Corporal Abdi was a brute who got pleasure in other people’s pain and we really suffered at the drill square while he took us through the motions and the squads as he broke the drill into three steps. The whole team would be punished when a member spoiled a step and I tell you very many of the members had never learned of the Boy Scout movement and marching was an act from outer space. Some were swinging both hands forward and I would lie if I described how they moved their feet because in most cases they swing forward the right arm together with the right leg. All this translated to a specific punishment as prescribed by Abdi and climbing the hill behind the office became a norm. We cherished lunch brake not because of the food but it gave us some relief from the monster and from the scourge. I dreaded going to the pit latrines because of the pain in my thighs when trying to stand after the act, and this I later understand must have been why a platoon of masai rangers Who were referred as “ lot 60 “ brought in for training refused to enter the joints and they did their thing in the surrounding bushes.
We got into the rhythm of training after the first month and we impressed everybody including ourselves to say the least after more lessons were introduced such as field craft, skill at arms and leadership. Only one person left the training and the rest of us bonded with one another , first to evade Abdi but i should also confess that we just felt like we had a responsibility to excel and silence some section of instructors who had a notion that most of us would not complete the training. Skills at arms was a different sensation all together and we worked so hard in preparation for the standard classification exercise which sifted the bold shooters and the first timers. We completed our syllabus in the fifth month and we were taken for the March and shoot exercise that combined all field exercises including close quarter battle night navigation and ambushes , which could only be done in the thickets of Oldonyo nyiekie in magadi. We navigated out of the hills and valleys at night using compasses and maps with stars as strategic beacons, and we overworked our instructors on the magadi plateau during field craft where we would reorganize ( reorg on me ) three kilometers from the charge-through site. That was our best way to give back to the instructors. On our las night in magadi a stand to procedure was sounded at night by our instructors to check on our level of alertness and we all dashed into our kips except Jacob Orahle who was found outside the kip and he was pronounced dead as per the rules but he refused to accept and he kept on claiming that he was still alive. We excelled in magadi and our course officer said as much , before we trooped back to Manyani believing in ourselves and knowing that we would contribute immensely in protecting and conserving our heritage.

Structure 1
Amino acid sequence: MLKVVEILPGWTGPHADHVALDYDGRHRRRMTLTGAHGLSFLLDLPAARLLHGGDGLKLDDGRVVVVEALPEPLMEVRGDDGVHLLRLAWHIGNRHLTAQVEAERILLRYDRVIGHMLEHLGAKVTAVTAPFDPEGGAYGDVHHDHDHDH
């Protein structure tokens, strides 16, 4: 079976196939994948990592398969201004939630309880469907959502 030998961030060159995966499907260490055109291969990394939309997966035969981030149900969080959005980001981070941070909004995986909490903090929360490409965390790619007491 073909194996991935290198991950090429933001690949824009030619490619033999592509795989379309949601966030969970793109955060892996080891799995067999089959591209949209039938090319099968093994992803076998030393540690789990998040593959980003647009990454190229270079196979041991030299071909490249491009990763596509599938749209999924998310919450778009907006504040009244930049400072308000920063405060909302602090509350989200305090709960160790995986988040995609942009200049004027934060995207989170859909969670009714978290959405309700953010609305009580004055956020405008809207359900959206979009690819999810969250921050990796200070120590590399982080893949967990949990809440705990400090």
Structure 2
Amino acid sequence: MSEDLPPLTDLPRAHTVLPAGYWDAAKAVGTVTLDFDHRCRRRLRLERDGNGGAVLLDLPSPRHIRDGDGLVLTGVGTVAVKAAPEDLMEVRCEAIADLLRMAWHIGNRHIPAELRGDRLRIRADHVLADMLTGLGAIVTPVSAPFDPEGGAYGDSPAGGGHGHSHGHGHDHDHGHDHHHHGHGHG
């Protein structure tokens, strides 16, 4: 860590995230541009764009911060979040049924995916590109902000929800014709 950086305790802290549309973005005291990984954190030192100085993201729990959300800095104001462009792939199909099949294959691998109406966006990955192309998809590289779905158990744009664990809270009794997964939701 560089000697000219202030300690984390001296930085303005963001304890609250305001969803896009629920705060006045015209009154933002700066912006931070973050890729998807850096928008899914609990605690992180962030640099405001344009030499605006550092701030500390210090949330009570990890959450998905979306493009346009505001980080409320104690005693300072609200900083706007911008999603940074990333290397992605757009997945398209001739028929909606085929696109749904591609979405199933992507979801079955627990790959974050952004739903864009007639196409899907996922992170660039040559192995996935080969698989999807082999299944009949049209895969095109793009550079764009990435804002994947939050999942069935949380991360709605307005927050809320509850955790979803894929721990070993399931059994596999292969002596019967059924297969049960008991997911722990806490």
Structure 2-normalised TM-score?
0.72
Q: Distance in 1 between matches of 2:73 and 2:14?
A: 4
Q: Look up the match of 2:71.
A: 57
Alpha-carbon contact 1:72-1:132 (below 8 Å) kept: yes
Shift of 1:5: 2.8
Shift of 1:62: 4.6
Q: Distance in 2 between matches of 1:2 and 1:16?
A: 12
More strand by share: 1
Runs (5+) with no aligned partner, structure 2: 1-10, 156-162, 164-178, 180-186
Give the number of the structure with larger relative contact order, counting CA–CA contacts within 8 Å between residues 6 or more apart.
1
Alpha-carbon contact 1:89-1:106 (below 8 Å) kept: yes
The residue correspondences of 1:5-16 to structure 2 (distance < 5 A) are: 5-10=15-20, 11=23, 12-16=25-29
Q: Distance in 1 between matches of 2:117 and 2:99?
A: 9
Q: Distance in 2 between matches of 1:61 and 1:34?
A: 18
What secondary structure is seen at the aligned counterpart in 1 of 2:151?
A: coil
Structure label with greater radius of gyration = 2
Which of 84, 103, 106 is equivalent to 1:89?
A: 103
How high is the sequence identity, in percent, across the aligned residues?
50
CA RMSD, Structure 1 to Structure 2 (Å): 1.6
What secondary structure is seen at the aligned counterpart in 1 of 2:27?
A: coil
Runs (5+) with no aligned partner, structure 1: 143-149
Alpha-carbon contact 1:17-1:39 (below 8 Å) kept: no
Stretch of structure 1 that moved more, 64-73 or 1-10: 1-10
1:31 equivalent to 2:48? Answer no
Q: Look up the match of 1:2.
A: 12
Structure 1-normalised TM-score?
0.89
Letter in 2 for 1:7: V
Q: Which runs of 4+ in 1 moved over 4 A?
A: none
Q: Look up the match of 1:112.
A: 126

We never sat in conventional class room for the entire duration of our course in manyani and there were no chairs and we took our lessons under an acacia tree which had very broad branches and lots of shade. We had to sweep the class every morning and pour water to reduce dust. We made do with stones as chairs and we wrote on our laps and most of us had holes in our trousers due to the hard surface of the stone seats. The chalk board was tied to the stem of a tree and in windy conditions two students would volunteer to hold it while the instructor wrote on it. We ate our lunch and dinner under a shade less tree near the make shift kitchen and we had benches made of poles as seats. We were made to believe that this was not a punishment, but part of our training.
We all went through an interview held by a board Which was led by the Deputy director security [ DDS ] but we were kept in training for another two months in Manyani due to some administrative issues where the DDS was strategizing and forming more companies to accommodate us and when we finally graduated we went to our duties as posted and I was sent to Mt. Elgon (C coy ) . I didn’t understand why the instructors were feeling sorry for me after the posting and I got concerned and I had to inquire the reasons but I was only told that Mt. Elgon is a very hard place to work but I proceeded to my new station without any reservations and I led my men in to our assignments with the pride of a leader due to the training and hard work that I under went in Manyani.